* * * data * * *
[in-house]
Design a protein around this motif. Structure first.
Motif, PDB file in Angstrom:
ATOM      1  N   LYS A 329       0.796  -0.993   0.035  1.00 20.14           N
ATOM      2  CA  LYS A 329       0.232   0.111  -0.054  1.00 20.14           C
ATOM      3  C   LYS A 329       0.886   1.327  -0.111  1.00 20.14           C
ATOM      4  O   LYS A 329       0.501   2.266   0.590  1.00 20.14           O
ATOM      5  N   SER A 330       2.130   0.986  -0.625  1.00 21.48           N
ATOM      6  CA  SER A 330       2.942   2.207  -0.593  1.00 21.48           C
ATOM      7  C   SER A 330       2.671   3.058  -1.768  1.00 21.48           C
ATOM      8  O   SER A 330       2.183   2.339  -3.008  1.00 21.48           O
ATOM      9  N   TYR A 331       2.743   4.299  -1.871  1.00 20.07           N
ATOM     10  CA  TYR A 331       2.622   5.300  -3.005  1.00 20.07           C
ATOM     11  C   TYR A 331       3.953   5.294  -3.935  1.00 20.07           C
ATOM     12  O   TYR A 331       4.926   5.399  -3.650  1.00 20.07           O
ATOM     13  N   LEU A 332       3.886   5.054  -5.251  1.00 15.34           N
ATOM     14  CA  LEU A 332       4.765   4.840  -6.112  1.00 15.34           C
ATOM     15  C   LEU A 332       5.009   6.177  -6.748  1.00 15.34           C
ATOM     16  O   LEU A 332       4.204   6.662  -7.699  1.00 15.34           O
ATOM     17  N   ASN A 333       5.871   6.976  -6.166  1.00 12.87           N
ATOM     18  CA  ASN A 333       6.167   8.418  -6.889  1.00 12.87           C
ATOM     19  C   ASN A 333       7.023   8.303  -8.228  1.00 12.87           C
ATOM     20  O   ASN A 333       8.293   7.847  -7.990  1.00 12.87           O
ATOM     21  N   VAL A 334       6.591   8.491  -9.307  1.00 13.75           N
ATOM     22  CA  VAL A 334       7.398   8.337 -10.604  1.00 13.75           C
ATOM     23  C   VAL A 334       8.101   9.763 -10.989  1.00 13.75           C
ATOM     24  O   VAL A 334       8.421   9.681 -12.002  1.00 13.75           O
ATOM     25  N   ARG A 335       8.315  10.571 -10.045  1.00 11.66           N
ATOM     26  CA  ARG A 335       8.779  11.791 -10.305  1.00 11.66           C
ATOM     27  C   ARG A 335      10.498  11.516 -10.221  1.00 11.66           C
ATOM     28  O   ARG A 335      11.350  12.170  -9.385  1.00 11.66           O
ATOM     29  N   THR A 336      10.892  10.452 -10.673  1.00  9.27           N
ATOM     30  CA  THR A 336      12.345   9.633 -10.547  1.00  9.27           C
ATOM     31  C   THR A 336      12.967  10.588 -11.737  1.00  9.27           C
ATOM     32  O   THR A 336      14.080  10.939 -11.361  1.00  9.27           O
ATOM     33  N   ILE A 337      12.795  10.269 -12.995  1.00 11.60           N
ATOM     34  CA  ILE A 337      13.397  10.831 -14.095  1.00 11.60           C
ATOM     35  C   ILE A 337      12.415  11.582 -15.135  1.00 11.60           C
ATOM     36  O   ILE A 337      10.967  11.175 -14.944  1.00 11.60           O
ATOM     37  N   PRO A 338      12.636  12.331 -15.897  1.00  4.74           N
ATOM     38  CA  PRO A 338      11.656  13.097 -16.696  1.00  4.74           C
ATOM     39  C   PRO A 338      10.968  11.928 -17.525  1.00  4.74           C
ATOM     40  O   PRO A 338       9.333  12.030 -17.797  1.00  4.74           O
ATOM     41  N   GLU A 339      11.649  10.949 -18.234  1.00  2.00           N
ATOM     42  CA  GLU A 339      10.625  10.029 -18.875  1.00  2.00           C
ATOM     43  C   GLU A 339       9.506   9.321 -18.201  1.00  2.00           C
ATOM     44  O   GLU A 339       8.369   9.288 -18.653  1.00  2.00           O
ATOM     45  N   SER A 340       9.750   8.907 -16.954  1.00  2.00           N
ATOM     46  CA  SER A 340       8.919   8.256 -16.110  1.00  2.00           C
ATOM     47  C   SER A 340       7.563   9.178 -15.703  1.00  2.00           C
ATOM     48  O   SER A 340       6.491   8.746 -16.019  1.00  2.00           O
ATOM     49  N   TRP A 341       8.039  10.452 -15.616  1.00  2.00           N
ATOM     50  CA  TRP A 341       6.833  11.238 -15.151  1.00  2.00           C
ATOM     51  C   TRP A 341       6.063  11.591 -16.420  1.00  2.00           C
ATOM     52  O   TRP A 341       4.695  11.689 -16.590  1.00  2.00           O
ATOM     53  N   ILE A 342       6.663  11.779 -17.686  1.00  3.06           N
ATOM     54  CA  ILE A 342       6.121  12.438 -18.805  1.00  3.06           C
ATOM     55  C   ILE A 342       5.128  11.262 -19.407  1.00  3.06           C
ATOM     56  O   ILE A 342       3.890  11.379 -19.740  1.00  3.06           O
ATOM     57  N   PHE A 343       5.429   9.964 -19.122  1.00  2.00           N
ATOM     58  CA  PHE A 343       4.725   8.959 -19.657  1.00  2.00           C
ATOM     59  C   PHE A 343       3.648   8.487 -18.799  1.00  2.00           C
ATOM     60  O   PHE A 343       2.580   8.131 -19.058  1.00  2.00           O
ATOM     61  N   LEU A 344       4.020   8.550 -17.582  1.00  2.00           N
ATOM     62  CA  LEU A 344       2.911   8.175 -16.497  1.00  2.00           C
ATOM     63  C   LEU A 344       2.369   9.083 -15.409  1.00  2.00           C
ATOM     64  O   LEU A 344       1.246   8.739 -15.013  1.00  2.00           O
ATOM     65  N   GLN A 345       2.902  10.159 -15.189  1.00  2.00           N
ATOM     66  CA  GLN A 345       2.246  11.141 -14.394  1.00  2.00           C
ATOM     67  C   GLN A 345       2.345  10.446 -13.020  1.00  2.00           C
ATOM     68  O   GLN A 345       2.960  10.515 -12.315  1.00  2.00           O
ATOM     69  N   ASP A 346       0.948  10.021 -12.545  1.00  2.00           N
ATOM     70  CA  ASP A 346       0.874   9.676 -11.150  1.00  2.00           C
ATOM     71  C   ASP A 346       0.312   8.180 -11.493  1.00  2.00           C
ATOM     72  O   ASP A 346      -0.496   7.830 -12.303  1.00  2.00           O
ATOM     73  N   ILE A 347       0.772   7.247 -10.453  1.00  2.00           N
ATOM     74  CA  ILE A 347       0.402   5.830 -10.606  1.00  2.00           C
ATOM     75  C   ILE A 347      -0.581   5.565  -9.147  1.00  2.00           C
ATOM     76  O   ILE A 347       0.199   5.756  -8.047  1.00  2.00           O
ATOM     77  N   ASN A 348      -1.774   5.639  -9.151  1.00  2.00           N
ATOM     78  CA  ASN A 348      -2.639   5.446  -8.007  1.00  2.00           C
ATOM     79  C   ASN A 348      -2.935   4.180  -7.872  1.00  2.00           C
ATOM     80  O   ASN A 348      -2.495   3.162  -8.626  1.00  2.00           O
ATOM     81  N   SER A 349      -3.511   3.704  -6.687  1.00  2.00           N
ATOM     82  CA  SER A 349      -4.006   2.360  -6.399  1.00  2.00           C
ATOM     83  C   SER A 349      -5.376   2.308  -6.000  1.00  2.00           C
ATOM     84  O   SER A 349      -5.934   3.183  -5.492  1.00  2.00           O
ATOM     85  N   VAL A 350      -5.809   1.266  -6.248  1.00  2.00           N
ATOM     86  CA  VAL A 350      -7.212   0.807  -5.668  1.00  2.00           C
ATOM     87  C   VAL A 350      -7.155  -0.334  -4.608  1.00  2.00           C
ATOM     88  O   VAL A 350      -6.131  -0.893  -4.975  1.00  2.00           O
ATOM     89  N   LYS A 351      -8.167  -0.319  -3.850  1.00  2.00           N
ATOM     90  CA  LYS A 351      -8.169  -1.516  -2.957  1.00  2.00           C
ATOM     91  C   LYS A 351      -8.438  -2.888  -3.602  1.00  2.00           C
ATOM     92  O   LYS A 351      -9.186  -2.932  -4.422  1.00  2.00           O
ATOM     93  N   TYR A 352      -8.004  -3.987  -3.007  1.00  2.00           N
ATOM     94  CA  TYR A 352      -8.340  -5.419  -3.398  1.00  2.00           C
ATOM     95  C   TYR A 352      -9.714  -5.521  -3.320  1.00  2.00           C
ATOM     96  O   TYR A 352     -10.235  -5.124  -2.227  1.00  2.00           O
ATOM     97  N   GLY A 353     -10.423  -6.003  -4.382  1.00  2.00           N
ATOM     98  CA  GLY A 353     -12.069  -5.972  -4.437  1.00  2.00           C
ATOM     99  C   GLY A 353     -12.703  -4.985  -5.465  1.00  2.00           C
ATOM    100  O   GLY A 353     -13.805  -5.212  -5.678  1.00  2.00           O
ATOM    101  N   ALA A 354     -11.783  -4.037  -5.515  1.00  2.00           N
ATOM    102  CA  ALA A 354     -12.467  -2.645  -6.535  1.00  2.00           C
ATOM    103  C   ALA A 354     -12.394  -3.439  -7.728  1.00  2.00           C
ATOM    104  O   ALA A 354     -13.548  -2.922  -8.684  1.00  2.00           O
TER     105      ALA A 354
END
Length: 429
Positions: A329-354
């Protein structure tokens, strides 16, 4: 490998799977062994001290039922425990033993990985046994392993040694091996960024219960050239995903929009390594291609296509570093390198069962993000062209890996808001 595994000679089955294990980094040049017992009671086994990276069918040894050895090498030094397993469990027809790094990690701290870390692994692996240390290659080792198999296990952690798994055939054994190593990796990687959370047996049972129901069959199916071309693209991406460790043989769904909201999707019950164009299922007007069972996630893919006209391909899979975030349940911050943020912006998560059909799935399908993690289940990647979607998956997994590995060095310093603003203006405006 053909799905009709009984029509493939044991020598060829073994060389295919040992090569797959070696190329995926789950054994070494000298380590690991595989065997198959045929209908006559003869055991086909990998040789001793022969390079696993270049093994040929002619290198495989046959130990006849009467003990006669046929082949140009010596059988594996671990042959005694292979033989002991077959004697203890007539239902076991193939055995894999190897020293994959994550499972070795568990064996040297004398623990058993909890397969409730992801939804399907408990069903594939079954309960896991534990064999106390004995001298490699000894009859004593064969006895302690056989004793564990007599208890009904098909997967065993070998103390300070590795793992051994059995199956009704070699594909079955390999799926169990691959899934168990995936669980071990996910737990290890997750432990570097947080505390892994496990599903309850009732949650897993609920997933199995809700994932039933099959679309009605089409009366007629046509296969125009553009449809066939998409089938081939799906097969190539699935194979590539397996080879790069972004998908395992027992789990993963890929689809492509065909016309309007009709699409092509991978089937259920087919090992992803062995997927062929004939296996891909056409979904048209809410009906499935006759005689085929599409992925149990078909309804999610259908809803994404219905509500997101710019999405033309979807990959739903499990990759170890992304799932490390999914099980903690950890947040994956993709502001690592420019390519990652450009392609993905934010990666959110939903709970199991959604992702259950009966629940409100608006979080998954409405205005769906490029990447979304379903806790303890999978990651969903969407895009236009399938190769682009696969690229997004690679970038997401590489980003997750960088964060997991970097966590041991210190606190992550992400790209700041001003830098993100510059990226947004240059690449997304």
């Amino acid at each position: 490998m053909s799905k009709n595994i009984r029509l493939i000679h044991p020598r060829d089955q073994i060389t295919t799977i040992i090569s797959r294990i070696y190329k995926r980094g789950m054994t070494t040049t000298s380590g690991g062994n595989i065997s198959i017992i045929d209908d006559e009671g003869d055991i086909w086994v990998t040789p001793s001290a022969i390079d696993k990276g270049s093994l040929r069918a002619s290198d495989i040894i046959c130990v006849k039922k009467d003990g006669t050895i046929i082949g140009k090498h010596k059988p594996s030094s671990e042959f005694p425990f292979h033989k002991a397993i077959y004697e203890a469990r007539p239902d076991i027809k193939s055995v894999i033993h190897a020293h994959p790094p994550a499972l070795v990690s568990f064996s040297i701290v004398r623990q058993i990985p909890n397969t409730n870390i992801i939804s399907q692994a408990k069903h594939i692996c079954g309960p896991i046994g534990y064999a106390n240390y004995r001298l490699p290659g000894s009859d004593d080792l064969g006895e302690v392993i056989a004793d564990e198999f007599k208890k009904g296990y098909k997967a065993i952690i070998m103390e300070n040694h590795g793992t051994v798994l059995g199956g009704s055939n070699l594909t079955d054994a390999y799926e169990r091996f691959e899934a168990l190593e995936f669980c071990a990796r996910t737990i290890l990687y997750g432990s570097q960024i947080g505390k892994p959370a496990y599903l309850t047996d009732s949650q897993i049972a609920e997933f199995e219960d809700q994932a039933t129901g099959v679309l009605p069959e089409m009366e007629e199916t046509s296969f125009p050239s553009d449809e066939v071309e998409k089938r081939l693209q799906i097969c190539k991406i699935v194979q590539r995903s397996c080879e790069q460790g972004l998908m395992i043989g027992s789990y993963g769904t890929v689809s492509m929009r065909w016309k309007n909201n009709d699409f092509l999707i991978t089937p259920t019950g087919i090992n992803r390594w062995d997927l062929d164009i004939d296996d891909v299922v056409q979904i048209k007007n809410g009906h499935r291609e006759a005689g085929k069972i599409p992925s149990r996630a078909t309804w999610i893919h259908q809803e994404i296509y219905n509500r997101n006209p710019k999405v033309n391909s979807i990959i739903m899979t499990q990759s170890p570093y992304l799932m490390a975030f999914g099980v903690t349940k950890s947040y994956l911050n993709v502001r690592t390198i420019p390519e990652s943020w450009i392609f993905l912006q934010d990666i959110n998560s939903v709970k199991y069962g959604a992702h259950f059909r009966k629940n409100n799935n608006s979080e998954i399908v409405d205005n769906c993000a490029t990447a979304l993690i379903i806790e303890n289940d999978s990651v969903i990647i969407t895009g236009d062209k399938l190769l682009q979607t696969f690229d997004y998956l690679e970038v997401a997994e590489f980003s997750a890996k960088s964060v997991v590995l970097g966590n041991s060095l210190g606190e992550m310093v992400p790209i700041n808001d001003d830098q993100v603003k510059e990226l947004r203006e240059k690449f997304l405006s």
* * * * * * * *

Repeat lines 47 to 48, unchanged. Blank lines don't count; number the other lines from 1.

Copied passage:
ATOM     44  O   GLU A 339       8.369   9.288 -18.653  1.00  2.00           O
ATOM     45  N   SER A 340       9.750   8.907 -16.954  1.00  2.00           N